The Glut of Faciality in Surveillance Culture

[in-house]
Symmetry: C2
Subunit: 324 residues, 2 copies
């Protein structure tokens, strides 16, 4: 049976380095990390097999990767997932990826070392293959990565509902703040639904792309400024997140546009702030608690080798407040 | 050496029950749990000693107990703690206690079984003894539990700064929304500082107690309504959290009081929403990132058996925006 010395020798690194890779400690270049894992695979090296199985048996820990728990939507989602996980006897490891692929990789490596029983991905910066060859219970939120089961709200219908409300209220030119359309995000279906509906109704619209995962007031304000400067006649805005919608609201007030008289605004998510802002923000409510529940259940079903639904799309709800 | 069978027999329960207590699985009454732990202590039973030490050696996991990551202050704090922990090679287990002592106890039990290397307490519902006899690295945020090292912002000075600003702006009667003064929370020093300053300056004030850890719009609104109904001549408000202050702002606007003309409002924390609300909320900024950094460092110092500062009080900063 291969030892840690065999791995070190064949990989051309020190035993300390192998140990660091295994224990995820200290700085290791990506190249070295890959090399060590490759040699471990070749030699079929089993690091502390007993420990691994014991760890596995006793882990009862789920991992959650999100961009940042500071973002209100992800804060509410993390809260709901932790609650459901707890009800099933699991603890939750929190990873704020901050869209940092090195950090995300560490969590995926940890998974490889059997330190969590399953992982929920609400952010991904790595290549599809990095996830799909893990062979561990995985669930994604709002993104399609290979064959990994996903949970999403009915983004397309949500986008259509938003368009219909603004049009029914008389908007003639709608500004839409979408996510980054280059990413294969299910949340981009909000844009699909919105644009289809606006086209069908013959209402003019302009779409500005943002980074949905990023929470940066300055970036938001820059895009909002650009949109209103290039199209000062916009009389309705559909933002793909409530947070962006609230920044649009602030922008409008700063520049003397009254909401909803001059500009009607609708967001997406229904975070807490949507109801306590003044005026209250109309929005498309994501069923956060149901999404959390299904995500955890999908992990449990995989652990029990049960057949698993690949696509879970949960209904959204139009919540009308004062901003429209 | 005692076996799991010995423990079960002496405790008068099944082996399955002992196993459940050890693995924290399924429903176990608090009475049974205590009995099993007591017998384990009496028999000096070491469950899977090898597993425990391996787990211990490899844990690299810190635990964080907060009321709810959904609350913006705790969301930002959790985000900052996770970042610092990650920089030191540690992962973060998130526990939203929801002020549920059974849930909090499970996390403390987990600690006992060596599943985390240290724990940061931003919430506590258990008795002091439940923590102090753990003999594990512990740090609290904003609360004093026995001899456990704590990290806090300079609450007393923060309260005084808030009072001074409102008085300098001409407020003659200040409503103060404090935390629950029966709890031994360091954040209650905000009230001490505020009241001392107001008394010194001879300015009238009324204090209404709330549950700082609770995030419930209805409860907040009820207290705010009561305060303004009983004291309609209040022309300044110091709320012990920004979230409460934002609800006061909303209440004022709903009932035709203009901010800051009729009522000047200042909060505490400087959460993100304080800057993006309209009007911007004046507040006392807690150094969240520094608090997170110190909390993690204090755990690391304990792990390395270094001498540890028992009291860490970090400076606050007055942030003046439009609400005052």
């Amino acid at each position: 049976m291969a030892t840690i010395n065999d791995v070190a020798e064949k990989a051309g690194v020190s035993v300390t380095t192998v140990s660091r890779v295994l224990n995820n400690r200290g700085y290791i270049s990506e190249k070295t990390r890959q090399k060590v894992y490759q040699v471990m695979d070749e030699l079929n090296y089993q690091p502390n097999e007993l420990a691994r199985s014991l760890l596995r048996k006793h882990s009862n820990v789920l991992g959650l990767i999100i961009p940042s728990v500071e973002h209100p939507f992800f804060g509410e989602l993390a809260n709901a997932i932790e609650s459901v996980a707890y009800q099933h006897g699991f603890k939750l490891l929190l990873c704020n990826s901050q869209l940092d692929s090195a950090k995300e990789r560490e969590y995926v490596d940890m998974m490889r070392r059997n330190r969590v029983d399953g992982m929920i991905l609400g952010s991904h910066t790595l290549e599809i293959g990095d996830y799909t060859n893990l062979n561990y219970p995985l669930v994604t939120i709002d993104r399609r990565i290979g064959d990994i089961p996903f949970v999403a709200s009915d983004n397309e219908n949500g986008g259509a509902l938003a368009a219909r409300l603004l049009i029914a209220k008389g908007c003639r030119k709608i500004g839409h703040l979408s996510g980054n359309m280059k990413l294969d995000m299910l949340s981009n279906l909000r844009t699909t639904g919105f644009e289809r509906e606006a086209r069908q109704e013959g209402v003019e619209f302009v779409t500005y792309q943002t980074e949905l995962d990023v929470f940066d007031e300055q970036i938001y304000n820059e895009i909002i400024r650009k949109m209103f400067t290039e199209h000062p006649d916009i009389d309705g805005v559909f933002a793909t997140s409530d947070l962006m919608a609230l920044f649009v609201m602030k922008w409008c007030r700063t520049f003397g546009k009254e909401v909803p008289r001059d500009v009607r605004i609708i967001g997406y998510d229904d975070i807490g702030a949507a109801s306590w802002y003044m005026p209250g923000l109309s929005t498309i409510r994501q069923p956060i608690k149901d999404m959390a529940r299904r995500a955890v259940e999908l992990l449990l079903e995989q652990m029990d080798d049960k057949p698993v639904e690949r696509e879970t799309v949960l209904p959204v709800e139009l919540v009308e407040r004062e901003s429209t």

Starting with Michael Warner’s historical analysis of public and private, this essay questions the position of the face when taken up as a set of information, biometric algorithms and codified analysis. Historically, public and private have been understood as spatially distinct zones, and what is considered public or private is embedded in instinctual behaviour and modes of speech. Advancements in biometric technologies and applications have led to the body as a flow of information and communication patterns, resulting in a loss of the material body. I argue that the amassing and distributing identities by corporations and bodies of government denies the face as the place of private expression and turns it into an object of mass culture and commerce. Facial recognition software, though not a revolutionary tool, engages issues of racial and social discrimination, abuse of power, and ways of seeing that shape the trajectory of public and private zones. In this way, I question the social and cultural acceptance and enthusiasm of technology as a universal remedy for behavior regulation and manipulation.